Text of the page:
I Love Her Hugs, A Critical Analysis

Christine Arnold presents: Christine Arnold’s “I Love Her Hugs, A Critical Analysis by: Christine Arnold”

 

The critically acclaimed “I Love Her Hugs” was written by Christine Arnold in Ms. Foreman’s second grade class circa 1999. In honor of Mother’s Day, we will take a deeper look at this–one of Arnold’s earliest works–written for her very own mother, Denise Arnold. Please note that throughout my analysis, the author is referred to as “Arnold”, where as Denise Arnold is referred to as “Mommy” or “Mom.”

I love my Mommy because she cooks very, very, good food, like spaghetti. My Mom’s name is Denise Arnold. I love her hugs.

Arnold chooses to begin her piece with an example, so that the reader can immediately relate to the subject “Mommy.” Now, something else that is unique that I’d like to point out is the author’s choice to refer to her mother as capital “M” Mommy. It shows an almost capital “G” God-like adoration of the subject. This is present throughout the piece. She concludes her introduction with the title of the piece: “I love her hugs.” Many would choose to build up to such a tag line. Arnold, however, has a very “in your face” writing style in this piece. She chooses to let this bombshell of a statement smack the reader in the face right away. I. Love. Her. Hugs. Four simple words that would bring any mother to her knees in “awwwwwwww”s.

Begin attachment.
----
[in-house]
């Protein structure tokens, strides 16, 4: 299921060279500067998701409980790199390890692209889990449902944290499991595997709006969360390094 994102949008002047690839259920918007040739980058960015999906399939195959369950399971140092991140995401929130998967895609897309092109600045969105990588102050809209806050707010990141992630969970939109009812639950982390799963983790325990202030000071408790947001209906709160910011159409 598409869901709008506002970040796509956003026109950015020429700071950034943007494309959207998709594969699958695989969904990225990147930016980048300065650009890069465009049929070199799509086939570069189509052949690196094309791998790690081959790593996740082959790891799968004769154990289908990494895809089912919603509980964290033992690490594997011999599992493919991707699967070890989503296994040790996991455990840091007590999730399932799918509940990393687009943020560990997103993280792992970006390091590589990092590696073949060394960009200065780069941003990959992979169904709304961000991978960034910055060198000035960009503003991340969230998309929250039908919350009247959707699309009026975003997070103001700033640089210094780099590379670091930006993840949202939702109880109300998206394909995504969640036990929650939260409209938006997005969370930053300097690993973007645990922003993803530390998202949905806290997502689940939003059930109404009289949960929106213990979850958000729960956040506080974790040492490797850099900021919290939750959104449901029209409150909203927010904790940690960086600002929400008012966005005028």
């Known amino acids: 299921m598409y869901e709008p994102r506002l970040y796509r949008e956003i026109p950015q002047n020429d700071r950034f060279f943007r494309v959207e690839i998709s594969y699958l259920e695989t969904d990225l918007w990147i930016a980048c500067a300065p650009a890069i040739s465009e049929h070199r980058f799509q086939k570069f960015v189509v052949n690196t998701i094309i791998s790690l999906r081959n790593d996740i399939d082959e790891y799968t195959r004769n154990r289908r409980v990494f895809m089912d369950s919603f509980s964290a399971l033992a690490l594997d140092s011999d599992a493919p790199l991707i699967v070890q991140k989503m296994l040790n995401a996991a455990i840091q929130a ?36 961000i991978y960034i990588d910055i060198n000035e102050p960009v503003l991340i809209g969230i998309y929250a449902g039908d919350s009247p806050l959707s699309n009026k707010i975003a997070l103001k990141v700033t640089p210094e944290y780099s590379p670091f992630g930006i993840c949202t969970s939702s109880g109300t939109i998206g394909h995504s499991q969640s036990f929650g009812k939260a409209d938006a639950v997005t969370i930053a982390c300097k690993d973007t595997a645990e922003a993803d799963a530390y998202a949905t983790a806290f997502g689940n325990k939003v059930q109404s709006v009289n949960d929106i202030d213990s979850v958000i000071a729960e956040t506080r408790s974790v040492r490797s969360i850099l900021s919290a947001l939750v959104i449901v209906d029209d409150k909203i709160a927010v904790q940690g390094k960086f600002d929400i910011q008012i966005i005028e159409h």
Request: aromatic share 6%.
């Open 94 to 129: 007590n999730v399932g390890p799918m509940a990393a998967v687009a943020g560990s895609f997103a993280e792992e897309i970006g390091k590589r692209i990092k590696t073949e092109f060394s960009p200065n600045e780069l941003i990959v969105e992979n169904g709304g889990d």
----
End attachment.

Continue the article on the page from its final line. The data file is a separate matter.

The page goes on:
My Mom takes me and my sister to funny movies. She takes us out to dinner and to Fun Station. My Mom helps me with reading.

In this section of the piece, Arnold takes the time to establish her mother’s character by describing the ways in which her mother takes care of her. From this, we can gather that Mommy not only feeds Arnold, but she also values spending quality time with her and aiding in her education. It is important to point out that this piece was written when children still had to read from paper books, not iPads or tablets. Let that sink in: not only was Mom spending the time to help Arnold with her reading, but she was also presumably carrying these heavy books for her given Arnold’s young age at the time this piece was written. Arnold perfectly times the entrance of the second character “my sister”, while allowing for a bit of mystery by not including her name or really any details at all about her. This grabs the reader and entices them to keep reading.

She is very funny. My Mom has a big family with four sisters and one brother. My Mom is pretty all the time.

Two words for this section: vivid imagery. It’s easy to forget that Arnold was just the tender age of 8 at the time she wrote this piece, but she flawlessly delves deeper into Mom’s character by describing her personality, her upbringing, and her physical appearance. Note her use of strong language in this section: “very funny” and “pretty all the time.” It’s no secret how Arnold feels about Mommy, but again that’s just her no-bullshit writing style.

She takes me and Lauren to Wild Adventures. She lets me have very expensive places for my birthday parties.

Something I respect about Arnold’s writing is that she doesn’t “dumb it down” for the reader. Now here, she mentions “Lauren.” She doesn’t explicitly say this is her sister, but given the poignant introduction of “my sister” earlier, she lets the reader make the leap that Lauren is, in fact, the sister she so eloquently speaks of. I also find Arnold’s fascination with money in this section to be adorably out of character. It’s just the kind of zing that keeps the reader on their toes. Just when they think they have her figured out, she throws a curve ball.